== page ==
HBO’s The Invisible Pilot docuseries tells the story of Gary Betzner, an Arkansas crop duster who mysteriously vanished in 1977. The incredible story had so many twists and turns, it couldn’t fit into just one documentary — so Ari Mark, director and executive producer of The Invisible Pilot, and Phil Lott, co-director and co-executive producer, turned it into a stranger than fiction three-part series.
“The Invisible Pilot is about this small town, everyman guy, family guy, well-liked. One day in 1977, he takes his kids to ice cream, and he pulls his car over at the side of the road. And it’s in the middle of a bridge, and he gets out of the car, and he jumps off it and disappears. And over the course of three episodes, we follow and unwrap this amazing story of what happened that day. And how he ended up going toe-to-toe with the American president,” Lott said.
Ari Mark and Phil Lott designed the first episode to draw you in and entice audiences to finish the series.
“Episode one — if you think of them in chapters — is very much about a quote-unquote dead man, what it means to die, and, how this particular character is kind of weirdly complex; is able to really just sort of ascend to unexpected heights,” Mark said. “Partially out of fearlessness, partially out of just sort of sheer gall, and I think there’s a tweak of sort of Americanism in there, of this pursuing your dream and doing whatever the hell you want to do, whenever you want to do it.”
Phil Lott first heard the story of Gary Betzner at a film festival in Sonoma 12 years ago.
“I’m English, and I like to talk to people. It’s mostly wine up there, so it was just a couple of glasses of that, and I met this screenwriter who had been given a job of fictionalizing this story for a local filmmaker called Craig Hodges. And he was working through this story, and I was asking about what his script was about, and he was telling me this story, and I kept saying, ‘But you made that bit up, right? You made that bit up, right?’ And he was like, ‘No, no, this is all true. This is all true stuff.’ And I think I finished that conversation, I was like, I need this guy’s number, because I don’t think you should make a fiction script, I think you should make a documentary,” Lott said. “This is a stranger-than-fiction story, and this guy deserves a story. It’s taken us a long time to kind of get in with the family, and get in with Gary, and convince them that we were the right people to tell the story.”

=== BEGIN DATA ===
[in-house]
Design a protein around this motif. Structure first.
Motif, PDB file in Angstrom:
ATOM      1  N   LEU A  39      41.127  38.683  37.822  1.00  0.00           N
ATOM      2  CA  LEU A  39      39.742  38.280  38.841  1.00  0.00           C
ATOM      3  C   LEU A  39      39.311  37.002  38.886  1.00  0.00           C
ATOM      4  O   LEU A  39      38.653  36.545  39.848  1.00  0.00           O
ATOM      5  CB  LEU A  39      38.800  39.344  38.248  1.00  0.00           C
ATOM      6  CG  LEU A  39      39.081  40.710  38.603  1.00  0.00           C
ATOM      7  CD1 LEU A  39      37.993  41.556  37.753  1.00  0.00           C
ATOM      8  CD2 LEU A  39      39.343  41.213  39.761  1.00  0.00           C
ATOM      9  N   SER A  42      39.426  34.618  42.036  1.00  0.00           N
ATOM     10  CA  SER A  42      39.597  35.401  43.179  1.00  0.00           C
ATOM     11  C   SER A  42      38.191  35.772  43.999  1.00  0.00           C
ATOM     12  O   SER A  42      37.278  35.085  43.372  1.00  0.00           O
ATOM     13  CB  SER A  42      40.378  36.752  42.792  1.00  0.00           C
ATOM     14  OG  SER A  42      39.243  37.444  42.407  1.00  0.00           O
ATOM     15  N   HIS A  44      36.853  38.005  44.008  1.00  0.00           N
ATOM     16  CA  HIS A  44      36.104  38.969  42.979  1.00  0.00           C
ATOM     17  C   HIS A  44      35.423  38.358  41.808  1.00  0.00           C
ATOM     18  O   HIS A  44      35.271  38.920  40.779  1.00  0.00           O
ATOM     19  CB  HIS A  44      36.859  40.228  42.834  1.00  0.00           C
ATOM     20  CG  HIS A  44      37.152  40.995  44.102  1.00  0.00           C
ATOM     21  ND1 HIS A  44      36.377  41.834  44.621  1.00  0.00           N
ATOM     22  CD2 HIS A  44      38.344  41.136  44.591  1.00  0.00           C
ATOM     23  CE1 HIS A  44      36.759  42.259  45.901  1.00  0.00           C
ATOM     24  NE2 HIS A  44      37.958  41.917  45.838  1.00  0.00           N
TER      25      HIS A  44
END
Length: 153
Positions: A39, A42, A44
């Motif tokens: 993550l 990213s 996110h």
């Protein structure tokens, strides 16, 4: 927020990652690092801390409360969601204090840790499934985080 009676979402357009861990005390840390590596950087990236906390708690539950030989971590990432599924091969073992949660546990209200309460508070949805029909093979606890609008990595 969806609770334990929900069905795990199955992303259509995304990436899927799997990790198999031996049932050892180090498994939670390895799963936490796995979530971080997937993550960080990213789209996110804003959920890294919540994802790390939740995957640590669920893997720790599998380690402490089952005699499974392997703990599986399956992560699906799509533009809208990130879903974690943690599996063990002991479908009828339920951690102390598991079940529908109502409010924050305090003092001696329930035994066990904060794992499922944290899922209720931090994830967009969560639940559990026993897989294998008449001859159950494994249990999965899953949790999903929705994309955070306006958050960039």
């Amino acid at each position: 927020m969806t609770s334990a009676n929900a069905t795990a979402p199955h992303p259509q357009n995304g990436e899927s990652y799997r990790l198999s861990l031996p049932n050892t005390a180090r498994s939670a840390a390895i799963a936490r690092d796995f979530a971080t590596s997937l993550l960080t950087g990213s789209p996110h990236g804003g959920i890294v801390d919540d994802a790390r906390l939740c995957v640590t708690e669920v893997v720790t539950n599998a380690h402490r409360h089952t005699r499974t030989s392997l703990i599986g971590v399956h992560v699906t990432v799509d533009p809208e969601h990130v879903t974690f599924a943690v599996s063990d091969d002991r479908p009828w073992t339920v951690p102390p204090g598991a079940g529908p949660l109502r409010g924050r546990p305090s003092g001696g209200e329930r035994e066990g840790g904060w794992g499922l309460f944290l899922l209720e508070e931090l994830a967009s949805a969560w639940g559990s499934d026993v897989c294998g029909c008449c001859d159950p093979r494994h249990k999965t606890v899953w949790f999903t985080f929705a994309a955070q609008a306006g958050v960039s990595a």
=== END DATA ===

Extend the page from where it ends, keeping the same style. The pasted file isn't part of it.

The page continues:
All three episodes of The Invisible Pilot are now streaming on HBO Max. Here are some time stamps from the Factual America interview:
00:00 – The trailer for The Invisible Pilot.
03:05 – The synopsis of the docuseries.
06:18 – How Phil and Ari came across this story.
08:40 – What makes documentaries sometimes more exciting than feature films.
12:10 – What the US government was up to in 1980s.
18:20 – What Gary Betzner’s relationship with the government was while serving his sentence.
21:30 – The investigative journalism Ari and Phil had to undertake to create this docuseries.
24:50 – What Gary and his family’s reactions were to the documentary.
27:40 – How Phil and Ari approached and shaped The Invisible Pilot.
34:30 – What it was like to work with Gary Betzner.
37:30 – Upcoming projects for Phil and Ari.
Factual America uses documentary filmmaking to examine the American experience as well as universal topics that affect all Americans. Guests include Academy Award, Emmy, and Grammy-winning filmmakers and producers, their subjects, as well as experts on the American experience. We discuss true crime, music, burning social and political topics, history and arts with the creators of the latest and upcoming documentary films in theatres and on the most popular digital platforms. This podcast is produced by Alamo Pictures, a London- and Austin-based production company that makes documentaries about the US from a European perspective for international audiences.
Main Image: Gary Betzner pictured in The Invisible Pilot on HBO courtesy of Factual America